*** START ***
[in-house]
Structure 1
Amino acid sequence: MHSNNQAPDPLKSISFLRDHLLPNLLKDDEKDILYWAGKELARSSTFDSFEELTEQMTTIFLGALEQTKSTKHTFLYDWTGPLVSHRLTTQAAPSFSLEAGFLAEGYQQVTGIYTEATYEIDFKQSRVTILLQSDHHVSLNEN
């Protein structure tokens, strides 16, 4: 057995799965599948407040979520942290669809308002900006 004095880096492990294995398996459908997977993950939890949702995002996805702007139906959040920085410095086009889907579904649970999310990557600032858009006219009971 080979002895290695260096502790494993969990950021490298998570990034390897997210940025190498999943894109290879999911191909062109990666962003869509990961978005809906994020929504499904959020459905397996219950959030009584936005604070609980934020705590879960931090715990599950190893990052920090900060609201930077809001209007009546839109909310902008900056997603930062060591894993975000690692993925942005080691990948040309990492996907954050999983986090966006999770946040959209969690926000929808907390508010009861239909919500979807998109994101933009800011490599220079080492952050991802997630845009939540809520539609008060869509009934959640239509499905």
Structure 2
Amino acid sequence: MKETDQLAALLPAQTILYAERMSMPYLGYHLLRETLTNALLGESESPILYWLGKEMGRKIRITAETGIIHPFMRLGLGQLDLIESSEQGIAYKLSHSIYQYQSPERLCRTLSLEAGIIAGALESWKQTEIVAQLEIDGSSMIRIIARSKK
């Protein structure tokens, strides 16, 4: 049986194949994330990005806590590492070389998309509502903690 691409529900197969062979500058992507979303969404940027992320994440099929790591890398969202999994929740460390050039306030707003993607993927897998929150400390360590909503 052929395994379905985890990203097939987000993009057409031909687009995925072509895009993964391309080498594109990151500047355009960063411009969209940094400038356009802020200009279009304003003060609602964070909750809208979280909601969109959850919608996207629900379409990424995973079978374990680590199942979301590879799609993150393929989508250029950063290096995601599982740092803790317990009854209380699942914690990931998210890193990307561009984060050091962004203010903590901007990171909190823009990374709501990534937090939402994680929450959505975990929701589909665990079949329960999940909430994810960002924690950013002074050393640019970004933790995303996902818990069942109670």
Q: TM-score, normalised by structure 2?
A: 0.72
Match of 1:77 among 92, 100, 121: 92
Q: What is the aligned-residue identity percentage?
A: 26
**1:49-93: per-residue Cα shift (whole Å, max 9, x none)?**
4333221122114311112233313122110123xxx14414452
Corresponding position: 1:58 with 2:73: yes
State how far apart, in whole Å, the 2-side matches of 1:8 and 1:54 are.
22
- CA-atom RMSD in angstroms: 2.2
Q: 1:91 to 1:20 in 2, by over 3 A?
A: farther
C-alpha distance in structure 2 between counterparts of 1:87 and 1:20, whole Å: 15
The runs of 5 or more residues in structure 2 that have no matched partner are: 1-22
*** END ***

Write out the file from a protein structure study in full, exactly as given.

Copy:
[in-house]
Structure 1
Amino acid sequence: MHSNNQAPDPLKSISFLRDHLLPNLLKDDEKDILYWAGKELARSSTFDSFEELTEQMTTIFLGALEQTKSTKHTFLYDWTGPLVSHRLTTQAAPSFSLEAGFLAEGYQQVTGIYTEATYEIDFKQSRVTILLQSDHHVSLNEN
């Protein structure tokens, strides 16, 4: 057995799965599948407040979520942290669809308002900006 004095880096492990294995398996459908997977993950939890949702995002996805702007139906959040920085410095086009889907579904649970999310990557600032858009006219009971 080979002895290695260096502790494993969990950021490298998570990034390897997210940025190498999943894109290879999911191909062109990666962003869509990961978005809906994020929504499904959020459905397996219950959030009584936005604070609980934020705590879960931090715990599950190893990052920090900060609201930077809001209007009546839109909310902008900056997603930062060591894993975000690692993925942005080691990948040309990492996907954050999983986090966006999770946040959209969690926000929808907390508010009861239909919500979807998109994101933009800011490599220079080492952050991802997630845009939540809520539609008060869509009934959640239509499905």
Structure 2
Amino acid sequence: MKETDQLAALLPAQTILYAERMSMPYLGYHLLRETLTNALLGESESPILYWLGKEMGRKIRITAETGIIHPFMRLGLGQLDLIESSEQGIAYKLSHSIYQYQSPERLCRTLSLEAGIIAGALESWKQTEIVAQLEIDGSSMIRIIARSKK
């Protein structure tokens, strides 16, 4: 049986194949994330990005806590590492070389998309509502903690 691409529900197969062979500058992507979303969404940027992320994440099929790591890398969202999994929740460390050039306030707003993607993927897998929150400390360590909503 052929395994379905985890990203097939987000993009057409031909687009995925072509895009993964391309080498594109990151500047355009960063411009969209940094400038356009802020200009279009304003003060609602964070909750809208979280909601969109959850919608996207629900379409990424995973079978374990680590199942979301590879799609993150393929989508250029950063290096995601599982740092803790317990009854209380699942914690990931998210890193990307561009984060050091962004203010903590901007990171909190823009990374709501990534937090939402994680929450959505975990929701589909665990079949329960999940909430994810960002924690950013002074050393640019970004933790995303996902818990069942109670």
Q: TM-score, normalised by structure 2?
A: 0.72
Match of 1:77 among 92, 100, 121: 92
Q: What is the aligned-residue identity percentage?
A: 26
**1:49-93: per-residue Cα shift (whole Å, max 9, x none)?**
4333221122114311112233313122110123xxx14414452
Corresponding position: 1:58 with 2:73: yes
State how far apart, in whole Å, the 2-side matches of 1:8 and 1:54 are.
22
- CA-atom RMSD in angstroms: 2.2
Q: 1:91 to 1:20 in 2, by over 3 A?
A: farther
C-alpha distance in structure 2 between counterparts of 1:87 and 1:20, whole Å: 15
The runs of 5 or more residues in structure 2 that have no matched partner are: 1-22